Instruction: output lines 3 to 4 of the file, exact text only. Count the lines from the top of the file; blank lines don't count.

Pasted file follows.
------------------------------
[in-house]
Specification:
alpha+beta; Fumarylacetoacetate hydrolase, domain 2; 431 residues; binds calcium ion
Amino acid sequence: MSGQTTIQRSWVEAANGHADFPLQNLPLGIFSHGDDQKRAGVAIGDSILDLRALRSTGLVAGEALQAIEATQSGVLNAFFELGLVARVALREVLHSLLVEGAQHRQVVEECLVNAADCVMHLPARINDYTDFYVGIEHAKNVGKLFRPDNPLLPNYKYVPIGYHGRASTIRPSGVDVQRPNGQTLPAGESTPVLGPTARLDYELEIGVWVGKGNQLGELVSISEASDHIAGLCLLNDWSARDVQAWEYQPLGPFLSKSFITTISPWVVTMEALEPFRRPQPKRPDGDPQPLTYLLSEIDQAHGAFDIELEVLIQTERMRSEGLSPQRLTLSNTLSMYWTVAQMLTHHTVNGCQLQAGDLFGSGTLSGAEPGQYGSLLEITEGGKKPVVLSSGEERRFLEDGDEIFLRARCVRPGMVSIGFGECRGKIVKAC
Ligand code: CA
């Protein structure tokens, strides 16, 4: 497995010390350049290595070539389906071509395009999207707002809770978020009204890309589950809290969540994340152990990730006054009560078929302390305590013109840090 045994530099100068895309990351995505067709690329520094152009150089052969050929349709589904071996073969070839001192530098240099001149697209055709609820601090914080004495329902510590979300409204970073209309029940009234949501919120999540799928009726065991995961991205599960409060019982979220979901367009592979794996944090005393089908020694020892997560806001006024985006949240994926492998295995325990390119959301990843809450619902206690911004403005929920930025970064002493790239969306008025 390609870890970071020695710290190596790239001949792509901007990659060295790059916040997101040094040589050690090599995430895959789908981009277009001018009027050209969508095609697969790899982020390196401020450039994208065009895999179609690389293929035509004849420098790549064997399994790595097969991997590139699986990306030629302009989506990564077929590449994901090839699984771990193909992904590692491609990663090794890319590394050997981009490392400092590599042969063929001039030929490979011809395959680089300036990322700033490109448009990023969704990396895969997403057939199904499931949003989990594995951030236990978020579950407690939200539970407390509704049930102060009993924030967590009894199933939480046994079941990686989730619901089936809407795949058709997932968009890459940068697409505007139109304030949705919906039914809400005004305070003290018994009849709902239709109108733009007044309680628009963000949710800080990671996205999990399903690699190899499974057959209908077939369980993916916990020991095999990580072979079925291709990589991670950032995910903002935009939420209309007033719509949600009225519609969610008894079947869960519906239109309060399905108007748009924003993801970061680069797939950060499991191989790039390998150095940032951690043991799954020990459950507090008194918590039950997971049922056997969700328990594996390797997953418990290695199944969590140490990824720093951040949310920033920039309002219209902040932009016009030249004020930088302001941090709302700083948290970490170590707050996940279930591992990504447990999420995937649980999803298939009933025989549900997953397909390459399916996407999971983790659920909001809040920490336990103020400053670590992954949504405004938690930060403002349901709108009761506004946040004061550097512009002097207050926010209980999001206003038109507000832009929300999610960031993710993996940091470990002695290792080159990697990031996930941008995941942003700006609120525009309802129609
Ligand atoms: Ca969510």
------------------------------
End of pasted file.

alpha+beta; Fumarylacetoacetate hydrolase, domain 2; 431 residues; binds calcium ion
Amino acid sequence: MSGQTTIQRSWVEAANGHADFPLQNLPLGIFSHGDDQKRAGVAIGDSILDLRALRSTGLVAGEALQAIEATQSGVLNAFFELGLVARVALREVLHSLLVEGAQHRQVVEECLVNAADCVMHLPARINDYTDFYVGIEHAKNVGKLFRPDNPLLPNYKYVPIGYHGRASTIRPSGVDVQRPNGQTLPAGESTPVLGPTARLDYELEIGVWVGKGNQLGELVSISEASDHIAGLCLLNDWSARDVQAWEYQPLGPFLSKSFITTISPWVVTMEALEPFRRPQPKRPDGDPQPLTYLLSEIDQAHGAFDIELEVLIQTERMRSEGLSPQRLTLSNTLSMYWTVAQMLTHHTVNGCQLQAGDLFGSGTLSGAEPGQYGSLLEITEGGKKPVVLSSGEERRFLEDGDEIFLRARCVRPGMVSIGFGECRGKIVKAC